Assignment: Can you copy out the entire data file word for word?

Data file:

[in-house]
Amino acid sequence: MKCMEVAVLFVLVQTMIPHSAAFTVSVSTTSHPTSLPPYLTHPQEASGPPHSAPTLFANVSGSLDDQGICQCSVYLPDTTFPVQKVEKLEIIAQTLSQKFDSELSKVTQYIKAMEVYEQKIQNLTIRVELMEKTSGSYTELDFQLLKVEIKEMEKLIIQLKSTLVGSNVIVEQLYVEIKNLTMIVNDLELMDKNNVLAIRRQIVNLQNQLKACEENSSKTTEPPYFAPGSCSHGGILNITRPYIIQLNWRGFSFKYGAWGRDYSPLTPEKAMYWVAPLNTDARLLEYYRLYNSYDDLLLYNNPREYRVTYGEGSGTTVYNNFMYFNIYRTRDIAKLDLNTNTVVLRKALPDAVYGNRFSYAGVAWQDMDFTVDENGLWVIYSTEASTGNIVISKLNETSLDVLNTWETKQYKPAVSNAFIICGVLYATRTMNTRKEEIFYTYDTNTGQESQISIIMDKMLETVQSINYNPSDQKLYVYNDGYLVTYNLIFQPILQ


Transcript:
[in-house]
Amino acid sequence: MKCMEVAVLFVLVQTMIPHSAAFTVSVSTTSHPTSLPPYLTHPQEASGPPHSAPTLFANVSGSLDDQGICQCSVYLPDTTFPVQKVEKLEIIAQTLSQKFDSELSKVTQYIKAMEVYEQKIQNLTIRVELMEKTSGSYTELDFQLLKVEIKEMEKLIIQLKSTLVGSNVIVEQLYVEIKNLTMIVNDLELMDKNNVLAIRRQIVNLQNQLKACEENSSKTTEPPYFAPGSCSHGGILNITRPYIIQLNWRGFSFKYGAWGRDYSPLTPEKAMYWVAPLNTDARLLEYYRLYNSYDDLLLYNNPREYRVTYGEGSGTTVYNNFMYFNIYRTRDIAKLDLNTNTVVLRKALPDAVYGNRFSYAGVAWQDMDFTVDENGLWVIYSTEASTGNIVISKLNETSLDVLNTWETKQYKPAVSNAFIICGVLYATRTMNTRKEEIFYTYDTNTGQESQISIIMDKMLETVQSINYNPSDQKLYVYNDGYLVTYNLIFQPILQ